In an interview with the Neapolitan newspaper Il Mattino this January, Mertens was asked to list his wishes for 2017. He said he would like to keep on scoring goals, to win a trophy and to be happy. With Napoli out of both the domestic cup and the Champions League, and Juventus steaming toward another Serie A title, it appears he may have to settle for two out of three.
Spending time with him, though, you get the impression that happiness is the one that truly matters the most. Mertens loves football, and he loves to compete, but above all he loves people.
Ask him what the worst part of his career is, and he won't talk about hostile fans or intrusive journalists, but about the sadness of leaving friends and family behind with each transfer. Even when he was playing for Belgium at the World Cup, he remembers times when he sat in the team hotel wishing he could be with his family, who had rented a big house in Brazil to spend the whole summer together.
Likewise, if you ask Mertens to name some of the best things about being a footballer, beyond playing a sport that he adores, he might tell you what a privilege it is to be able to walk into a hospital and brighten up somebody's day just by being you.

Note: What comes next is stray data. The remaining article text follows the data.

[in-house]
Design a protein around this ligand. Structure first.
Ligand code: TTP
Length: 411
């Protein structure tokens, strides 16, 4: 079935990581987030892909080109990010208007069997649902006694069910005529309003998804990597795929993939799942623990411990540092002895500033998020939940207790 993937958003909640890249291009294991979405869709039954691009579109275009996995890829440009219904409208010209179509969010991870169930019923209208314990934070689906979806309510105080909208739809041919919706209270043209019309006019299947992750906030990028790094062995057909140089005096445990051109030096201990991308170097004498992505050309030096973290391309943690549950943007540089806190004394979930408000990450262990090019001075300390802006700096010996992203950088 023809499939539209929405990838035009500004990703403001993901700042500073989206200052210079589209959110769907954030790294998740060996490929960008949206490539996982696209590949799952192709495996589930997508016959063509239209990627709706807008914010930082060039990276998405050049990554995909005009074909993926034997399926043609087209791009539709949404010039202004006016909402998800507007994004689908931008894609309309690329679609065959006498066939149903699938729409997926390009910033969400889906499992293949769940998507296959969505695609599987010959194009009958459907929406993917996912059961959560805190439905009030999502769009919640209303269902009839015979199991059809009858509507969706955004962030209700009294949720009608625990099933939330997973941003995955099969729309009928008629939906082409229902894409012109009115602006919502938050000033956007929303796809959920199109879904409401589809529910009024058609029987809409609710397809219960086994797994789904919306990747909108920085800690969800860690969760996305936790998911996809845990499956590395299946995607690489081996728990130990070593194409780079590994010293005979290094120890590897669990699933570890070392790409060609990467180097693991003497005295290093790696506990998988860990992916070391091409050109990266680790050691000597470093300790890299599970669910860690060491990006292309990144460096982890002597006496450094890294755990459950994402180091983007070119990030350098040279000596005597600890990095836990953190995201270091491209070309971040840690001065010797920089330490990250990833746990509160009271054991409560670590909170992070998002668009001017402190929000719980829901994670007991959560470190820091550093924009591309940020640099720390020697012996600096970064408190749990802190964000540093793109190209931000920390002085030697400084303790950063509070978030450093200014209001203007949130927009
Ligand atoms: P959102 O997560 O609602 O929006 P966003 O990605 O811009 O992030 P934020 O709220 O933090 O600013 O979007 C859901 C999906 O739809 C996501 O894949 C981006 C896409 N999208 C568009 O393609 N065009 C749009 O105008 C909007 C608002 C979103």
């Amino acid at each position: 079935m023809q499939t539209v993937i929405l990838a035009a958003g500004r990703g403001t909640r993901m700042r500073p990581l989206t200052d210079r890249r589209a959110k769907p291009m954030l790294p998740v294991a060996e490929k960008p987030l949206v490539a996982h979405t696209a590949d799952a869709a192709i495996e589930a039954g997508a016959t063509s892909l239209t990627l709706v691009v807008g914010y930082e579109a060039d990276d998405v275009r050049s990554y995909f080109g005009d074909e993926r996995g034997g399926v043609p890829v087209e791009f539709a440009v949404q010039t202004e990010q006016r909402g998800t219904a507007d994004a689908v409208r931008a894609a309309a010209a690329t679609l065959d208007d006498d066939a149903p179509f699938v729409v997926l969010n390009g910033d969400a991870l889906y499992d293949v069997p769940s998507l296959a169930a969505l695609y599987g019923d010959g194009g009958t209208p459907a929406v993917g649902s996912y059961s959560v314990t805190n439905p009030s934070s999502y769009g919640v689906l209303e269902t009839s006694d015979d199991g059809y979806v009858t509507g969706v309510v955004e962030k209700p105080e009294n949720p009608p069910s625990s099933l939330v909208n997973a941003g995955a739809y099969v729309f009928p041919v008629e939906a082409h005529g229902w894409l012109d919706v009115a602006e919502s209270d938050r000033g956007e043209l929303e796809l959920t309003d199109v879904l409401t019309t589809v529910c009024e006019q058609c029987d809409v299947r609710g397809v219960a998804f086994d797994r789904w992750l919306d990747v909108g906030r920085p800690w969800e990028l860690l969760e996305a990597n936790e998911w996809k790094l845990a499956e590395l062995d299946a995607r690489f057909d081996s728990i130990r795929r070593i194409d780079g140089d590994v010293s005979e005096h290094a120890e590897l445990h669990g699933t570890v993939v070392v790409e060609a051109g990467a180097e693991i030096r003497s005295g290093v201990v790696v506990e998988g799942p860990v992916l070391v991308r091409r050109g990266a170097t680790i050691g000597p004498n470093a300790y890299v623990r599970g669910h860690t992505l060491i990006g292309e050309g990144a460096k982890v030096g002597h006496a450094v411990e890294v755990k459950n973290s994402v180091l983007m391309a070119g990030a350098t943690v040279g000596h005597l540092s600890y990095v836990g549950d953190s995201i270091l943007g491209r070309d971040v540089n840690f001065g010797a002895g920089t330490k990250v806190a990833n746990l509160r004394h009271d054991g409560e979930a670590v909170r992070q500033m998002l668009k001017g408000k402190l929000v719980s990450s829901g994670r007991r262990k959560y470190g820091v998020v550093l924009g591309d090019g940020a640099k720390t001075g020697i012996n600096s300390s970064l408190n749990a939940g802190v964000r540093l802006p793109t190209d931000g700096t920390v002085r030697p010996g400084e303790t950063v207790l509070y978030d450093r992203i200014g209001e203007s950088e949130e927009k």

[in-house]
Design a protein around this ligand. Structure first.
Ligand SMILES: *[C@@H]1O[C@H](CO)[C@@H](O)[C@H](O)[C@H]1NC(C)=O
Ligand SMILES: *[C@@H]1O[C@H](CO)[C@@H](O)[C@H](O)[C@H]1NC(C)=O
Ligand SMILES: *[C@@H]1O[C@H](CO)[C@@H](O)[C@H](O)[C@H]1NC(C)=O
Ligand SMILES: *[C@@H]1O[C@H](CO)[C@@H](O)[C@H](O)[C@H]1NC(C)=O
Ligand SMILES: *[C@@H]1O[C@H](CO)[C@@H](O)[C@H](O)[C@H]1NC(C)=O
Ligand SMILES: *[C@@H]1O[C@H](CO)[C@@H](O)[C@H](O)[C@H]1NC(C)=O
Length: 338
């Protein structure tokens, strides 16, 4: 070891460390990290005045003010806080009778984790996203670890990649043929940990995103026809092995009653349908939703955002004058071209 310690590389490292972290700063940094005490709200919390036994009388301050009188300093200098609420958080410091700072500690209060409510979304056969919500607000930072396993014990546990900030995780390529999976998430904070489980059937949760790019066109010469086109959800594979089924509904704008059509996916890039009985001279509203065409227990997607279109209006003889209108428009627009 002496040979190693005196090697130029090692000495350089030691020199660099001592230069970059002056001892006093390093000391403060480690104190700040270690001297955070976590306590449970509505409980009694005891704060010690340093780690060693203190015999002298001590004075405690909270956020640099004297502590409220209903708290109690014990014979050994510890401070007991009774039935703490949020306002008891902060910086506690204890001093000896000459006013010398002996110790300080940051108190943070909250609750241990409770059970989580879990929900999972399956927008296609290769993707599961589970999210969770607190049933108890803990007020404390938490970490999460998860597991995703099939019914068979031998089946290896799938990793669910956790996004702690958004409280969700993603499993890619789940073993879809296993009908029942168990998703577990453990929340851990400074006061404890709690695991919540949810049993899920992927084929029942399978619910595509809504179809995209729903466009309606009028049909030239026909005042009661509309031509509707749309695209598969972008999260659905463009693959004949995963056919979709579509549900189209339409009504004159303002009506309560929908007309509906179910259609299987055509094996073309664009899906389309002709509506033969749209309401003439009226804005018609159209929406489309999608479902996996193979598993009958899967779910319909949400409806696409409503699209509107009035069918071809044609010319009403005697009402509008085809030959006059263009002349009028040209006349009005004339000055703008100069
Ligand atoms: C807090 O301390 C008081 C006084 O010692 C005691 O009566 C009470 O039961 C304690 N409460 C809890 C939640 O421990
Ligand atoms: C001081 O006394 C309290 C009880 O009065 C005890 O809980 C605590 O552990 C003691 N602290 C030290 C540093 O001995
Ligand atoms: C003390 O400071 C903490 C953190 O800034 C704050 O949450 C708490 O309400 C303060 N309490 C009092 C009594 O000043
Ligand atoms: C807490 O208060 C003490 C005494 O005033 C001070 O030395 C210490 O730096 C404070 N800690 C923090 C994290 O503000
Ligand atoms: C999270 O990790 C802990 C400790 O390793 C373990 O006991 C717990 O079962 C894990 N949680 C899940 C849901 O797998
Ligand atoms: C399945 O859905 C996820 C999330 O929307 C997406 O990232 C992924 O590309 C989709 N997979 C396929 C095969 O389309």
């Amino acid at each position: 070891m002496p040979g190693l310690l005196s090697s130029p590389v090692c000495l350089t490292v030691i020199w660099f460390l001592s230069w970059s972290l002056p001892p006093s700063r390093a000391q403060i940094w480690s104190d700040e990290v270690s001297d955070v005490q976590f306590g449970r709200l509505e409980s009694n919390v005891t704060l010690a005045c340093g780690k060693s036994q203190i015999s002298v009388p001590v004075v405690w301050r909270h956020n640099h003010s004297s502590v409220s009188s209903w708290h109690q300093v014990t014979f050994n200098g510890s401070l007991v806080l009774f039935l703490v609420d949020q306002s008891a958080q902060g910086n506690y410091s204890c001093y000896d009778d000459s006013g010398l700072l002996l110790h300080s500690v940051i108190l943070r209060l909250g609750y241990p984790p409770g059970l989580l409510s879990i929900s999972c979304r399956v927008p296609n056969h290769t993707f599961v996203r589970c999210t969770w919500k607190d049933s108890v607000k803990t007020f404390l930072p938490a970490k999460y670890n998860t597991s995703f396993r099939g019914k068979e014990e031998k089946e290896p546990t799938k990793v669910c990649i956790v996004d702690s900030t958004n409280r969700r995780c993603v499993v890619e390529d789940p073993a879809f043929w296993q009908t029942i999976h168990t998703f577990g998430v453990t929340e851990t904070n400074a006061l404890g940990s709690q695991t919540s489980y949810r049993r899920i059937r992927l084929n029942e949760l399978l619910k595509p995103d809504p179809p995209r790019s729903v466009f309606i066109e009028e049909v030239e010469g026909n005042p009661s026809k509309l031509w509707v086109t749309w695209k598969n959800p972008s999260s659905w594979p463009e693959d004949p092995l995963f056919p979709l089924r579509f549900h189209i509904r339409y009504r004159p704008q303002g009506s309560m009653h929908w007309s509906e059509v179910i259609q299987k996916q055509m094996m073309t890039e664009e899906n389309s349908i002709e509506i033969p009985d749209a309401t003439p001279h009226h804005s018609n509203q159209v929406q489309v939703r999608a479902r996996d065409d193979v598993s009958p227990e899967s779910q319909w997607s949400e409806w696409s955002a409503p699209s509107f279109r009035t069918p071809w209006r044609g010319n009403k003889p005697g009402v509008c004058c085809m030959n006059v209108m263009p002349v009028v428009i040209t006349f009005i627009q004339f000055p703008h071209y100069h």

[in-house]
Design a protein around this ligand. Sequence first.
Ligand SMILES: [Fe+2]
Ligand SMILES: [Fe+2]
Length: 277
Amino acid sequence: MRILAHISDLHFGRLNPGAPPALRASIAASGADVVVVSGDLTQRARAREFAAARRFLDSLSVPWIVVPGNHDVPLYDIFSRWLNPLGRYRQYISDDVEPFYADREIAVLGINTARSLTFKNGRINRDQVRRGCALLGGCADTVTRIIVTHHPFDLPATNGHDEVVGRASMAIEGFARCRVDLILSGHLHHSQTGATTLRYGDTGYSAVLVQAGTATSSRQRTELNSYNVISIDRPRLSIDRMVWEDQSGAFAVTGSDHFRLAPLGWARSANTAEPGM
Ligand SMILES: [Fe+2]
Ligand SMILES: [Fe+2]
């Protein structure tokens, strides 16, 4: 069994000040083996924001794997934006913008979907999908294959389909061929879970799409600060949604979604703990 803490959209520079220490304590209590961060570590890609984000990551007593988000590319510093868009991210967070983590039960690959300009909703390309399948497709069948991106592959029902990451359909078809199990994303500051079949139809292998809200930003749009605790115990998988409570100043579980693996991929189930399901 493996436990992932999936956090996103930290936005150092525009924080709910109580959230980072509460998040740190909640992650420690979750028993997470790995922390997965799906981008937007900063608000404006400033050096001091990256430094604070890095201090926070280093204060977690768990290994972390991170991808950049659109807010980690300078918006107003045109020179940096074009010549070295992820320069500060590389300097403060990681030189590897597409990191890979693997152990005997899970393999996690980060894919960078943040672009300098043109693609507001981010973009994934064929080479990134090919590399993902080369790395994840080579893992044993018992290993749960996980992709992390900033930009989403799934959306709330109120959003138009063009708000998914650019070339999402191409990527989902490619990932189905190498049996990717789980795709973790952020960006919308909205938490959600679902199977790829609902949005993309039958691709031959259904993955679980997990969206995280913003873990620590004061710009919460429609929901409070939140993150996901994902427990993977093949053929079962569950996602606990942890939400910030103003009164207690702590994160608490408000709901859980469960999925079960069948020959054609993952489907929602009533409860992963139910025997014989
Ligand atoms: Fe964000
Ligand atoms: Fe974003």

"I'm not so much believing in something [religious]," he explains. "But I believe in the way of, 'if you're happy and the people around you are happy, your world's going to be more beautiful.' That's my way of living. I know not everyone can be happy all the time—that's the difficult thing. But it starts with you. If everybody tries to live like that, it's gonna be a beautiful world."
Of course, there will be days when that mantra is easier to say than to deliver upon. But if Dries Mertens' career, and his time at the pool table, tell us anything, it's that this guy doesn't easily quit.
Paolo Bandini is a regular football features contributor for Bleacher Report and also writes for the Guardian, The Score, TalkSport and ESPN. You can follow him on Twitter: @Paolo_Bandini.